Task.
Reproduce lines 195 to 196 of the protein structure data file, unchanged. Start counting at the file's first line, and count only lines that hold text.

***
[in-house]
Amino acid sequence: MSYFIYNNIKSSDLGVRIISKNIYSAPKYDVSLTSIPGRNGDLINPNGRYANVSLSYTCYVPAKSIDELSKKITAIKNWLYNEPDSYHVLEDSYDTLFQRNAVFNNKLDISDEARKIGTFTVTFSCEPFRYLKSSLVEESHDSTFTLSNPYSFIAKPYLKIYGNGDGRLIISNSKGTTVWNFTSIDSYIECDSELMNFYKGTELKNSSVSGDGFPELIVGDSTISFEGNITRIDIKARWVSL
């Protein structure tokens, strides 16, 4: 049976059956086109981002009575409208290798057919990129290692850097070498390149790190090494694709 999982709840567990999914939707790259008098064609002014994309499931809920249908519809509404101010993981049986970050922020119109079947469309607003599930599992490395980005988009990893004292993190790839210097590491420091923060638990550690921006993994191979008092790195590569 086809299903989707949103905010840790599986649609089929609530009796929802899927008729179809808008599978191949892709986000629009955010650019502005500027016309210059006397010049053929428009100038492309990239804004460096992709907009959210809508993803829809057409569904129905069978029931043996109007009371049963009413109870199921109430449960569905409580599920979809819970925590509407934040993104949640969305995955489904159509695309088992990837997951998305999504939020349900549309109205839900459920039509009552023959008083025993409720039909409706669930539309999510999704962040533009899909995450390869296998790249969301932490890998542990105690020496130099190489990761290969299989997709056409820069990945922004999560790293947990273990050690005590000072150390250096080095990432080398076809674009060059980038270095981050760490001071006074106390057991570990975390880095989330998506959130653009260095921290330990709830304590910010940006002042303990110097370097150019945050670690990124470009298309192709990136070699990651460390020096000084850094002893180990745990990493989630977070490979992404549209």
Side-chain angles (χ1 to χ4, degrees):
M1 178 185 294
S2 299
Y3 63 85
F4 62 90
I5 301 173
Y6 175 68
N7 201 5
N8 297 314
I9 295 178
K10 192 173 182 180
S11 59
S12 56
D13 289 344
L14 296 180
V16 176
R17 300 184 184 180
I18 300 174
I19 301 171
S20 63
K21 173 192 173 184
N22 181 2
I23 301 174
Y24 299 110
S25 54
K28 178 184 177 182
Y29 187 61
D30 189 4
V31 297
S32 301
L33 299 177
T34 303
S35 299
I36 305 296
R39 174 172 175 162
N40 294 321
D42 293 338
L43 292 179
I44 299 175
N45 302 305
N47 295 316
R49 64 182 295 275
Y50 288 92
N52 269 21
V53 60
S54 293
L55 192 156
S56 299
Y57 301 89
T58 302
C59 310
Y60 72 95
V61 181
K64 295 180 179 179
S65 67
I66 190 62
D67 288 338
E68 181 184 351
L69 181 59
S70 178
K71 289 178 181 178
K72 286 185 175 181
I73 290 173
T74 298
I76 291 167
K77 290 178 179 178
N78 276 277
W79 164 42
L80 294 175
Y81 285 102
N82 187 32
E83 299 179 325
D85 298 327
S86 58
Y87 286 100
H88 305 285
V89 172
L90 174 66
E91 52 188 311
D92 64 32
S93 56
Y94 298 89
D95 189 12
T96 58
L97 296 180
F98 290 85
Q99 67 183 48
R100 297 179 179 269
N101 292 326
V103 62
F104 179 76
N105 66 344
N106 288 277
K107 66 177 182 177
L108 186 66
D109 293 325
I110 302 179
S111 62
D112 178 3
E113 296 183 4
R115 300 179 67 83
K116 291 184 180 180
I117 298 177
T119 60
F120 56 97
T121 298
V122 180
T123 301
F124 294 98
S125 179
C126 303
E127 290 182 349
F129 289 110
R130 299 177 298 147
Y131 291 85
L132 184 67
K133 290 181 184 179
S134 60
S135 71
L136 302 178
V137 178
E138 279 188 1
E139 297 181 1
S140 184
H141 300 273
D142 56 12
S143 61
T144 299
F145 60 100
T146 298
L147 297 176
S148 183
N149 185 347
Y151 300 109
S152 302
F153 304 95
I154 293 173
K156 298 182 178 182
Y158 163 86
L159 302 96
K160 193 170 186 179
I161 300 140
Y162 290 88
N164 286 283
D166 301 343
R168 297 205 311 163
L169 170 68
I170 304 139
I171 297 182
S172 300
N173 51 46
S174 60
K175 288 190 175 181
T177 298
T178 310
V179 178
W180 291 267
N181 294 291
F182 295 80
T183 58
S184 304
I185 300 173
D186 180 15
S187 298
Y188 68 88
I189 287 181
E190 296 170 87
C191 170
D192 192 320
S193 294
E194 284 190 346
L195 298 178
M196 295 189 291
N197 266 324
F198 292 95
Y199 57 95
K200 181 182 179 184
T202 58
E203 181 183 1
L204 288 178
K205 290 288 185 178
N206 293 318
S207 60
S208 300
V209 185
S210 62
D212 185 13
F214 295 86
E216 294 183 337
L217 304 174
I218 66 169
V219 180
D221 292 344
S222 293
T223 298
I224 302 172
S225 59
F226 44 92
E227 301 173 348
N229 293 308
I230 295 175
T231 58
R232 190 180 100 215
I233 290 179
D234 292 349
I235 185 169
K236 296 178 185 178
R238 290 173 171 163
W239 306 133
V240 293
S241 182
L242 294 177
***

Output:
V219 180
D221 292 344